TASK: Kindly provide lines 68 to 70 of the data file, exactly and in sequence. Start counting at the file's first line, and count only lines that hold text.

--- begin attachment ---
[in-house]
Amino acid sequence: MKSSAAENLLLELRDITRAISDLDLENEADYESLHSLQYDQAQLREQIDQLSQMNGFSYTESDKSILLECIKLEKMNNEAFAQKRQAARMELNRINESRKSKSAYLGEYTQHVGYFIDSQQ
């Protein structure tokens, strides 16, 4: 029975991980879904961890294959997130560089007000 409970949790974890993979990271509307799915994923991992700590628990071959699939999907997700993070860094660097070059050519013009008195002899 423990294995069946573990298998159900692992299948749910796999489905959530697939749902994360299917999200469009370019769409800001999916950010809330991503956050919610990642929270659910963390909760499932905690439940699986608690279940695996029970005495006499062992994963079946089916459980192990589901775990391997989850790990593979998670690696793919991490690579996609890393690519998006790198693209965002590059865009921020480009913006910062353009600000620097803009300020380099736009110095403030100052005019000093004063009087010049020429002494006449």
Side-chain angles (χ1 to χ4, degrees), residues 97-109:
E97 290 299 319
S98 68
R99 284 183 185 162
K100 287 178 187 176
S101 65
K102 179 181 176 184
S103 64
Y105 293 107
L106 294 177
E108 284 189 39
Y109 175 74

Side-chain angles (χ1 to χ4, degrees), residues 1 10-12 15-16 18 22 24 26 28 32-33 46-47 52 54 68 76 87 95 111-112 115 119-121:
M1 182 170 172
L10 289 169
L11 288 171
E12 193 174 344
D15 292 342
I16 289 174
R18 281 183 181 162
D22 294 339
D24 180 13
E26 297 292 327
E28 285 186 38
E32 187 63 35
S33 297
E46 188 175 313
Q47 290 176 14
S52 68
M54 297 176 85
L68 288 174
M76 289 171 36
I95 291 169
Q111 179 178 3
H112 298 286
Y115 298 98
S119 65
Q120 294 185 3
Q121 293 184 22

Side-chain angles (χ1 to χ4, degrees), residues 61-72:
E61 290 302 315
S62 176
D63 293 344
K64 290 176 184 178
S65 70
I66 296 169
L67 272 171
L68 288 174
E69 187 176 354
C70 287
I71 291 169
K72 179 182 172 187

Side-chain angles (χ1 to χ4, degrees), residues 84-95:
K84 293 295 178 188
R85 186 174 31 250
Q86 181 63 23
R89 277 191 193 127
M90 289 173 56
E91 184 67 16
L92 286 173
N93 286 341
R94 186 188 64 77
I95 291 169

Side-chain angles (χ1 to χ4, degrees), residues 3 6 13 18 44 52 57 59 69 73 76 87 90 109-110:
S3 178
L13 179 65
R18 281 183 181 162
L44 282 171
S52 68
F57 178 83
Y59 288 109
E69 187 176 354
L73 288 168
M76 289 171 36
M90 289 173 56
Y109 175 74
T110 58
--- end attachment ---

S3 178
L13 179 65
R18 281 183 181 162